The ECB obviously want the women to be concentrating on T20, when really it is the grassroots county game that needs the money.  Where will the much vaunted “pathway” be for county players to get into the England one-day side? It’s a huge jump.

The odds are it will all change again in 2020 when the men’s “franchises” (hush my mouth, dirty word) for the T20 Blast will be revealed.  It is thought that the women’s Super League will then be revamped in line with these franchises.

Anyway, it all began again on Thursday 10 August with a somewhat underwhelming start at the Ageas Bowl as reigning champions the Southern Vipers took on Western Storm.

Western Storm 70 all out (18.5 overs)
Southern Vipers 73/1 (9 overs)

Not a storming start (sorry) to the KSL as the Vipers thrashed the Storm, knocking off their target in just nine overs.  Not even the missing Anya Shrubsole could have turned this round.

Top scorer for Storm was opener Georgia Hennessy, who dug in in the face of the carnage around her.

England captain Heather Knight, made only one before being bowled by Linsey Smith.  The only other player to make double figures was Fran Wilson who made 10.

In an attempt to up the scoring to make some kind of defendable total, Storm suffered three run-outs towards the end of the innings, including that of Sophie Luff who was dismissed by a direct hit from Charlotte Edwards.

In response the Vipers made it look all too easy.  They have a truly scary batting order, which was not needed on this occasion.  Hayley Matthews was the only wicket to fall as she hit out with freedom in attempt to get the game won.  She was caught by Hennessy off the bowling of Stafanie Taylor for 15.

New Zealand captain Suzie Bates (47) and Georgia Adams (3) saw them home.

Coverage is on Sky and BBC TMS.

And finally,

I still must try harder to stop reading the comments sections, particularly on the BBC.  I thought the rugby had cracked it and it was accepted that the women’s game is a quality product (not that I care whether you accept it or not), but this is not the case.  Cue the usual misogyny on the BBC comments sections.  Bored now.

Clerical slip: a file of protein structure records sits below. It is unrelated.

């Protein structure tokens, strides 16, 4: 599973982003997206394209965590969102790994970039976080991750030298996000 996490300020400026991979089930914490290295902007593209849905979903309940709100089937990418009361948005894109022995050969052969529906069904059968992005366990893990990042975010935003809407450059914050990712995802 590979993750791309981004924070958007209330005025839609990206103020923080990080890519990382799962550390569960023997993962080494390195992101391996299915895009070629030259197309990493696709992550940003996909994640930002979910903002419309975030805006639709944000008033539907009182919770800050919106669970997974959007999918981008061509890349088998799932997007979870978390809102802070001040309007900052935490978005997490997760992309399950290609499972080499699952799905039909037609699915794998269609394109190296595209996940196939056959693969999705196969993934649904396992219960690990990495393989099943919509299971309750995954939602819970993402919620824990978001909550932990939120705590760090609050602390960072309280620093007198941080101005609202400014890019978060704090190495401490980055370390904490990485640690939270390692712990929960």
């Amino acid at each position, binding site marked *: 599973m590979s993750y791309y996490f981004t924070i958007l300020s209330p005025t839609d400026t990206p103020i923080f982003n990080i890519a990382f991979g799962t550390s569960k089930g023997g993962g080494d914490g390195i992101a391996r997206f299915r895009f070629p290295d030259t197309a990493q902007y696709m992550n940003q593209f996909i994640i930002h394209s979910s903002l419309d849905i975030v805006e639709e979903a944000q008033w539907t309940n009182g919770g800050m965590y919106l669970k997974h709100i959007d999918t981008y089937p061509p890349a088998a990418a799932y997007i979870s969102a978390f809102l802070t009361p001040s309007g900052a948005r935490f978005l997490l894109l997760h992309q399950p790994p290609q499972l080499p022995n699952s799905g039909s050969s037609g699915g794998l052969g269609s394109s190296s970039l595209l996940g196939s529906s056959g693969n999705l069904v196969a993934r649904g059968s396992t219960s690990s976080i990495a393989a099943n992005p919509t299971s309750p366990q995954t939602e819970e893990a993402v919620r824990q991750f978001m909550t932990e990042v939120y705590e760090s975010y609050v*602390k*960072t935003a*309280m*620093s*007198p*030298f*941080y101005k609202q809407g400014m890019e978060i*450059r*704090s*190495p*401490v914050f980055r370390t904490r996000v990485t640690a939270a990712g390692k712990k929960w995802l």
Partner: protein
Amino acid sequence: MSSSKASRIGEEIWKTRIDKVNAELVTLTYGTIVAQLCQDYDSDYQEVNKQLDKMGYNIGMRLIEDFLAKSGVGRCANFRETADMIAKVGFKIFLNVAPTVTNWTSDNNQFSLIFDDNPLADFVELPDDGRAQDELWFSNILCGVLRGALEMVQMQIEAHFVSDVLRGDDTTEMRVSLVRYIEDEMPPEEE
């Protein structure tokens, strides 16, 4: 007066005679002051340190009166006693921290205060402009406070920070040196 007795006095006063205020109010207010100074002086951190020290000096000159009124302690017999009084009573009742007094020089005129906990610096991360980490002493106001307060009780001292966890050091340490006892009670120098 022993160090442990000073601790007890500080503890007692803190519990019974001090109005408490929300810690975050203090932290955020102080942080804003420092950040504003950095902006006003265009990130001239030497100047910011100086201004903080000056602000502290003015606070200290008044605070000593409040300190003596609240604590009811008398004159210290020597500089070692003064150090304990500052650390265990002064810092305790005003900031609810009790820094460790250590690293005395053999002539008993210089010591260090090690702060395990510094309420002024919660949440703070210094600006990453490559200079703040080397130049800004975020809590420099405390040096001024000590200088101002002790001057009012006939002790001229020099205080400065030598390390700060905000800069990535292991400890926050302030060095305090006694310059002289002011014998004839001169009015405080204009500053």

Sorry, no column next week as I’ll be working elsewhere.  Don’t forget, if you’ve enjoyed reading the column please share it with your networks.  I’m also happy to discuss any (non-troll) aspects of women’s sport.

Women’s Sports Column 31 July -5 Aug

Schofield 2It’s Olympics time! Once every four years those of us who love women’s sport revel in the fact that it nearly (I said nearly) gets equal coverage at the Olympics. And we should make the most of it because come September we will go back to being very much second-class citizens.

However, I would still suggest that while you enjoy the Olympic coverage, you do keep a close eye on it. Will the women’s 100m enjoy the same profile as the men’s? Will the women’s football be on as much as the men’s? To be fair about it though, there will probably be more about the heptathlon (come on Jess!) than the decathlon…. I don’t want to be a killjoy, but although it will be good, it won’t be equal and there’s no use pretending it will.

Anyway, lecture over. In this week’s column there are stories from golf, tennis, football, cricket, cycling and sailing. The last couple of “And finally” pieces have been positive, so it’s time to redress the balance with one of those stories you have to read twice before you believe it actually happened……

The Women’s British Open ended with a win for Ariya Jutanugarn of Thailand. In winning, she became Thailand’s first major champion. Mirim Lee of Korea had been way in front over the first two days, but Jutanugarn played the more consistent golf over the last two rounds. She took a two shot lead into the final round and was never headed, winning by three shots on -16.

Lee finished joint second with USA’s Mo Martin on -13 with Stacy Lewis on -11. Catriona Matthew, who had been right up with the leaders after the second round, finished joint fifth on -10 with Karrie Webb of Australia.

Home favourite, Charley Hull, could only finish on -5, after a disastrous 75 on Saturday put her out of contention.


In tennis, the Rogers Cup was claimed by Simona Halep. She beat Madison Keys in the final, 7-6 (7-2), 6-3. It was her third title of the year so far.

Halep also featured in the doubles final with partner Monica Niculescu, but the Romanian pair were beaten by Russians Ekaterina Makarova and Elena Vesnina 6-3 7-6 (7-5).